NEW TV deals in nine countries have been announced by Liverpool FC this morning – not for live football but for delayed coverage of recent matches and exclusive content from the club.
Liverpool’s worldwide fanbase is already massive and growing steadily and it’s important for the club for a number of reasons to do what it can to reach those fans. The reception the club got in its last pre-season tour was proof of the adulation there is for the Reds thousands of miles away and this deal is just a small part of the club’s plans to make itself available, albeit not in person, to fans away from ‘home’.
Ian Ayre was criticised in 2011 for suggesting it could be time to bring to and end the equal sharing of TV rights between Premier League clubs, regardless of their share of the viewing or subscriber figures.
Ayre said, at the time: “Personally I think the game-changer is going out and recognising our brand globally. Maybe the path will be individual TV rights like they do in Spain. There are so many things moving in that particular area.
“What is absolutely certain is that, with the greatest of respect to our colleagues in the Premier League, but if you’re a Bolton fan in Bolton, then you subscribe to Sky because you want to watch Bolton. Everyone gets that. Likewise, if you’re a Liverpool fan from Liverpool, you subscribe. But if you’re in Kuala Lumpur there isn’t anyone subscribing to Astro, or ESPN to watch Bolton, or if they are it’s a very small number. Whereas the large majority are subscribing because they want to watch Liverpool, Manchester United, Chelsea or Arsenal.
“So is it right that the international rights are shared equally between all the clubs? Some people will say: ‘Well you’ve got to all be in it to make it happen.’ But isn’t it really about where the revenue is coming from, which is the broadcaster, and isn’t it really about who people want to watch on that channel? We know it is us. And others. At some point we definitely feel there has to be some rebalance on that, because what we are actually doing is disadvantaging ourselves against other big European clubs.”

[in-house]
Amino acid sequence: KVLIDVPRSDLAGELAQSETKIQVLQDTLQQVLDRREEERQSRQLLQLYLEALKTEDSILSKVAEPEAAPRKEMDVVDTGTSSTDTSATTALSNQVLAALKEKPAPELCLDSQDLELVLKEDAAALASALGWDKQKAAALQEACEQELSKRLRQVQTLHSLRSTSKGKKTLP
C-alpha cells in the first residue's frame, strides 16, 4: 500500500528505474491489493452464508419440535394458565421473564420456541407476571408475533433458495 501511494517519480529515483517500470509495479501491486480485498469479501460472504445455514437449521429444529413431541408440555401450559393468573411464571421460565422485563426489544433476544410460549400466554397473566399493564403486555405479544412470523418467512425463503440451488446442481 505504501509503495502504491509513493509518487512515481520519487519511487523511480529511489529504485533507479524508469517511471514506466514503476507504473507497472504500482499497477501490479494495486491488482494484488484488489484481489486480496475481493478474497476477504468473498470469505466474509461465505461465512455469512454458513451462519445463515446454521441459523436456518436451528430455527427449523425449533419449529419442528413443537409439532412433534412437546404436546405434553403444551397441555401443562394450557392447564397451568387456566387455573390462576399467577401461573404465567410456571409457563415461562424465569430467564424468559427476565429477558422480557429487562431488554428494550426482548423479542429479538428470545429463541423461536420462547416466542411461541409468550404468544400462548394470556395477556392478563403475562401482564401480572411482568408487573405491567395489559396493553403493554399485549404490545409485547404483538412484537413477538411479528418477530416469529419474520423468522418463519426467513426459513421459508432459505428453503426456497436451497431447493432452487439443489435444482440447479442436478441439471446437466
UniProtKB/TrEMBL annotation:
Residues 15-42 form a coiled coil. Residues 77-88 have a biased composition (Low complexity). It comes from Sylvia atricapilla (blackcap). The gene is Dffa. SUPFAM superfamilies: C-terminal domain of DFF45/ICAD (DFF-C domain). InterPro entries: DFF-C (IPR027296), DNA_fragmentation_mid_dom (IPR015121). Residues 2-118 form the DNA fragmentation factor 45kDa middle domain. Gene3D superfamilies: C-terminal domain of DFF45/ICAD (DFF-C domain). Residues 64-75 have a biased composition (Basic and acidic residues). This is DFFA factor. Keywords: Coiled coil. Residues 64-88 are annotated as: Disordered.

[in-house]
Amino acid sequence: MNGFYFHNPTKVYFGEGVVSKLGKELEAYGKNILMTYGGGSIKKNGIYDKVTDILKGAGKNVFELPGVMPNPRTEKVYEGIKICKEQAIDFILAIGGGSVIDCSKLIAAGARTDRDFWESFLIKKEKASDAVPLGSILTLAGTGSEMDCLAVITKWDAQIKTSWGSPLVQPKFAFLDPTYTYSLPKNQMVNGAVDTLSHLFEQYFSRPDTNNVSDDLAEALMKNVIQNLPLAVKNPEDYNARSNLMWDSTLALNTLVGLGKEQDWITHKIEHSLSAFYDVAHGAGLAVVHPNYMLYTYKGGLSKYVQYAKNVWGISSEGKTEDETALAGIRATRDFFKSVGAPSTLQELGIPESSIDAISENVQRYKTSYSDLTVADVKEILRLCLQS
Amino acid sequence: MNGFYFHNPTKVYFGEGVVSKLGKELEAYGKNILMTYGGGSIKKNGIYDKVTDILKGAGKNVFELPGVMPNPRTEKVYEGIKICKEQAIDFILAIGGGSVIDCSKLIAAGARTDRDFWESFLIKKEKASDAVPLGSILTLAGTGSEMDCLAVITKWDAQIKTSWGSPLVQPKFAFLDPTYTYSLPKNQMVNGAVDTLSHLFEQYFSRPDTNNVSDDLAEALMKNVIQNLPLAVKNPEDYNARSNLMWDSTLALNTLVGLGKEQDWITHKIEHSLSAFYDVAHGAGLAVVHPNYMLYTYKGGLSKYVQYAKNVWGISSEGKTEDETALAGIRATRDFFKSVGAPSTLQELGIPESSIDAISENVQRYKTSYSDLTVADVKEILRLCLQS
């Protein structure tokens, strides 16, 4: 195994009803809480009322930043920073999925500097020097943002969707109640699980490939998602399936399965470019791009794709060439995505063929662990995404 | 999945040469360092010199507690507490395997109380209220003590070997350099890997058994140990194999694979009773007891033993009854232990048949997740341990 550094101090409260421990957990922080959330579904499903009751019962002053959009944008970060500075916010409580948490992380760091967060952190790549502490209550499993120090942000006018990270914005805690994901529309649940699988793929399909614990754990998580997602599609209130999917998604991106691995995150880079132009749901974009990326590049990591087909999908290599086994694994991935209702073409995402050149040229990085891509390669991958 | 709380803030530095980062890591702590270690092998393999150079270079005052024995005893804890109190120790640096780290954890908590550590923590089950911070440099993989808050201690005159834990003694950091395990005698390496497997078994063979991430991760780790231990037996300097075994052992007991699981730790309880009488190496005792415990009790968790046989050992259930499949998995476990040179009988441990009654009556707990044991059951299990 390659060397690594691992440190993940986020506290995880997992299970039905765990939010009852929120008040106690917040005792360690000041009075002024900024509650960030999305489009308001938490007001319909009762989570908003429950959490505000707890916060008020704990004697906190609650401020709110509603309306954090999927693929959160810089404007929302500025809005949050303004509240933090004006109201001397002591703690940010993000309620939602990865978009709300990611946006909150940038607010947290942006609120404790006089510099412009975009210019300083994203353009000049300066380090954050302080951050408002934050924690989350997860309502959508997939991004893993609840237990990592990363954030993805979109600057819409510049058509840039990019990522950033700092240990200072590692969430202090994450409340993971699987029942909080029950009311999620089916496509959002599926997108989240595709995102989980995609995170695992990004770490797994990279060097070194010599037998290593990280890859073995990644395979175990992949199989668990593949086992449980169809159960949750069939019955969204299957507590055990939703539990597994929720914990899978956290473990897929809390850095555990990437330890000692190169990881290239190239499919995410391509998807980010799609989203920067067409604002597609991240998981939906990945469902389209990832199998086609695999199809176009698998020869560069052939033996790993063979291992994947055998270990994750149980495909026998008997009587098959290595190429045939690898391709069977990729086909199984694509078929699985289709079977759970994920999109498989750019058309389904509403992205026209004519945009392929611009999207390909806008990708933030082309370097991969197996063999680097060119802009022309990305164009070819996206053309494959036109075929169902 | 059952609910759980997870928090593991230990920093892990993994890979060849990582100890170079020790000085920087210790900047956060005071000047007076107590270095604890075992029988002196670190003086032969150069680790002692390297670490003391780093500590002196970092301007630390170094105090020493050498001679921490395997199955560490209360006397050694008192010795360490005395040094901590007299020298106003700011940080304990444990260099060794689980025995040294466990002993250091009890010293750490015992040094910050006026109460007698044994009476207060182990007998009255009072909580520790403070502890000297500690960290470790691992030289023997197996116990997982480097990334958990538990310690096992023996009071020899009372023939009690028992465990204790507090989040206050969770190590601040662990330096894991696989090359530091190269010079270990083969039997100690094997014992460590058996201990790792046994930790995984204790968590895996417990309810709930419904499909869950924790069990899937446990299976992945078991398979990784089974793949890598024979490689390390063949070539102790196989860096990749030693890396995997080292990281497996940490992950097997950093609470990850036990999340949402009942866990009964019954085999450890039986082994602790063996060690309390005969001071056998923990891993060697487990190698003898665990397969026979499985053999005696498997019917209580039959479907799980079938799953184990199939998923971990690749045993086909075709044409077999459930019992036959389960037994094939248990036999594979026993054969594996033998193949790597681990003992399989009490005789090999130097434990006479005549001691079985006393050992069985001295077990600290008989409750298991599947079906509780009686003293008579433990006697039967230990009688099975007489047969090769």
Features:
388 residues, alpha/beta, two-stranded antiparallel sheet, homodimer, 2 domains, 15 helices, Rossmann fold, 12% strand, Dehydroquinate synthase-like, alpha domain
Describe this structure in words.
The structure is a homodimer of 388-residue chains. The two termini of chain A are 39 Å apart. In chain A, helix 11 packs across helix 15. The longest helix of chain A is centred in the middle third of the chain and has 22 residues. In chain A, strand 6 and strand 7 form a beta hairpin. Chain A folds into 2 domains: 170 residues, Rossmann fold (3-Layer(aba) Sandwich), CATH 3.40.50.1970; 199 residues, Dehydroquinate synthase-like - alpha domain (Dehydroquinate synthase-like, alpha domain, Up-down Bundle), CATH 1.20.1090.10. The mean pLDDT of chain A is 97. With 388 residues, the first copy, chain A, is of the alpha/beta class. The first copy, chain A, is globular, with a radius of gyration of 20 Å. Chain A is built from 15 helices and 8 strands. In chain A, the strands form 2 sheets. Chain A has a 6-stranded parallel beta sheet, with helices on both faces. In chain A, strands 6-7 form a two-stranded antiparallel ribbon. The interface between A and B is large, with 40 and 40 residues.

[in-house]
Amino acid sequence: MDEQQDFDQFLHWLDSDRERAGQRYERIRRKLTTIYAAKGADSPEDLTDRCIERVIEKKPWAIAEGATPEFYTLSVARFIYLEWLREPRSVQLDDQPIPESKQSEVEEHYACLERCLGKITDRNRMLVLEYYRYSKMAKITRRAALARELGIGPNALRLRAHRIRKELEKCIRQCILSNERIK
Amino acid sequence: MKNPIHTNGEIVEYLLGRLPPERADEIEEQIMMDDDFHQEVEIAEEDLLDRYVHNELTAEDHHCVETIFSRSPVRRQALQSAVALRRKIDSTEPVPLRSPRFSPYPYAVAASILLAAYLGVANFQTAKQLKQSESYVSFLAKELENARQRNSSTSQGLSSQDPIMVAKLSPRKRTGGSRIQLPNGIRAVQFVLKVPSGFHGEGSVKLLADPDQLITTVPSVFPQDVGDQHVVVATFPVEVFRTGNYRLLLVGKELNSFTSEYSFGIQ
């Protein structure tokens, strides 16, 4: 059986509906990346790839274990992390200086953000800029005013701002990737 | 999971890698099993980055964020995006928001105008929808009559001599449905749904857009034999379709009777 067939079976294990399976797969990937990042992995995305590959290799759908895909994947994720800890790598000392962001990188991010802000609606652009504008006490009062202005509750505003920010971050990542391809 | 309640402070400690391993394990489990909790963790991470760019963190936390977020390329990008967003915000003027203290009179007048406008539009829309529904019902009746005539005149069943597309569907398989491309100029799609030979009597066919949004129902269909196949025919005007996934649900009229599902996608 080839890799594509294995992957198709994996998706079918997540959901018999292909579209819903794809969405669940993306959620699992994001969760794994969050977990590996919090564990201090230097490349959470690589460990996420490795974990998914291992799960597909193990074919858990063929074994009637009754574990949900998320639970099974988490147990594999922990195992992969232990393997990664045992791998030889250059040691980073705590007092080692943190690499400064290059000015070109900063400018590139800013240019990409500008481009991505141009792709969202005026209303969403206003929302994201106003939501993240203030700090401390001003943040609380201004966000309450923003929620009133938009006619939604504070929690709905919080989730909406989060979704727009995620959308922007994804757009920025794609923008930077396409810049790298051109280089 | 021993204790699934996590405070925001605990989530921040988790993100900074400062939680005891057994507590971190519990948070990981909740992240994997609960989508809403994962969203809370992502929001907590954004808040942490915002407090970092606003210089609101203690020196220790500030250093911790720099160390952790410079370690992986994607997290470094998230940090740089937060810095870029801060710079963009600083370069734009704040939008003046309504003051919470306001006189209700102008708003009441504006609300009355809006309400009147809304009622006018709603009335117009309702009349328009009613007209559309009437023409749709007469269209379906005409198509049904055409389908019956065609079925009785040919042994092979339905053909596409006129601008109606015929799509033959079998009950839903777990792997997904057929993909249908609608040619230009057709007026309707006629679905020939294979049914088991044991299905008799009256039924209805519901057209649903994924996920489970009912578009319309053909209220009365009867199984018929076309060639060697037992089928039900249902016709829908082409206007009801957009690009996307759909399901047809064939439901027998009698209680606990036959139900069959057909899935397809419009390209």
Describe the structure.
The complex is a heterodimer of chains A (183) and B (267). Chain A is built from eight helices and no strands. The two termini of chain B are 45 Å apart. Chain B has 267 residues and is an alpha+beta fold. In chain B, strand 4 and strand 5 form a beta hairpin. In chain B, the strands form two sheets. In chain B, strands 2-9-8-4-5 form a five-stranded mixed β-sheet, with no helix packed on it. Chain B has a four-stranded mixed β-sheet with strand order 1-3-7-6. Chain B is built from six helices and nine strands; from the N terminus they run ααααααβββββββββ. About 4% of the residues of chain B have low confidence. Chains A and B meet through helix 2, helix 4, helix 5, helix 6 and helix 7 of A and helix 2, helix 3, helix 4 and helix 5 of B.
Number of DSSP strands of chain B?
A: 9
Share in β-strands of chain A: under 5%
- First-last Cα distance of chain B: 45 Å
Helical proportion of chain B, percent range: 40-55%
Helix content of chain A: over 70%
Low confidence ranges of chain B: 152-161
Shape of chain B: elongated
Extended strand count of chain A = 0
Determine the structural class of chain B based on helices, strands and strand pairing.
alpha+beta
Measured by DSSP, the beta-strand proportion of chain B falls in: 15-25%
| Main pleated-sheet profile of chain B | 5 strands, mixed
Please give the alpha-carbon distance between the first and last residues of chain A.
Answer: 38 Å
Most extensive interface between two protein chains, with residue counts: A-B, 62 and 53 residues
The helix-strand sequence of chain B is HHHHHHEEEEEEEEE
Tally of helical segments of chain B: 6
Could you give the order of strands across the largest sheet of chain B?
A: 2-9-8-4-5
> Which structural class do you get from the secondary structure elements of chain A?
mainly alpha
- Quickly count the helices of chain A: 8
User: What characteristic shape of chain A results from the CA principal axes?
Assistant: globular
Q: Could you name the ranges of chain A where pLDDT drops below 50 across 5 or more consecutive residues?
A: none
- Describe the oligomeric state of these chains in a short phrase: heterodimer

The quotes caused uproar, especially at Bolton (who have since been relegated), and there wasn’t any “rebalance”.
This deal won’t come close to being as lucrative as those live rights deals but it will help Liverpool go out and “recognise” their “brand globally”, especially with a planned “roll-out for new-look LFC stores across the world” underway.
The nine nations in on the new coverage of LFC, along with the broadcasters involved, are:
Balkans – Arena TV
Hong Kong – beIN Sport
Iceland – 365 Media
Indonesia – Kompass
India – Sony
Middle East & France – beIN Sport
New Zealand – Sommet
Norway – TV2
Malta – Go TV
The club are working with Pitch International, whose head of sales, Henri Kamerling, says: “We are delighted to be working with Liverpool FC on this project. These wide ranging deals represent the first steps as we work with the club to deliver their key content to their fans around the world.”
Matthew Baxter, Chief Media Officer at LFC said: “It’s fantastic that the club has been able to secure the new host of TV partnerships, allowing passionate Reds to watch the heroes they love.
“One of the club’s main aims is to extend engagement though our various media with the millions of fans across the world, so that they feel part of the Liverpool FC family, and these deals are another step in that direction.”
There will be much cynicism about these deals, especially from fans and observers in England, but for individual fans in those places around the world this will undoubtedly be welcomed with open arms.
There’ll no doubt be some disappointment in those countries not mentioned in the press release, but it seems highly likely that LFC’s TV reach will be extending to plenty more nations before too long.
No details were supplied of the cost of accessing this new content in those nine countries.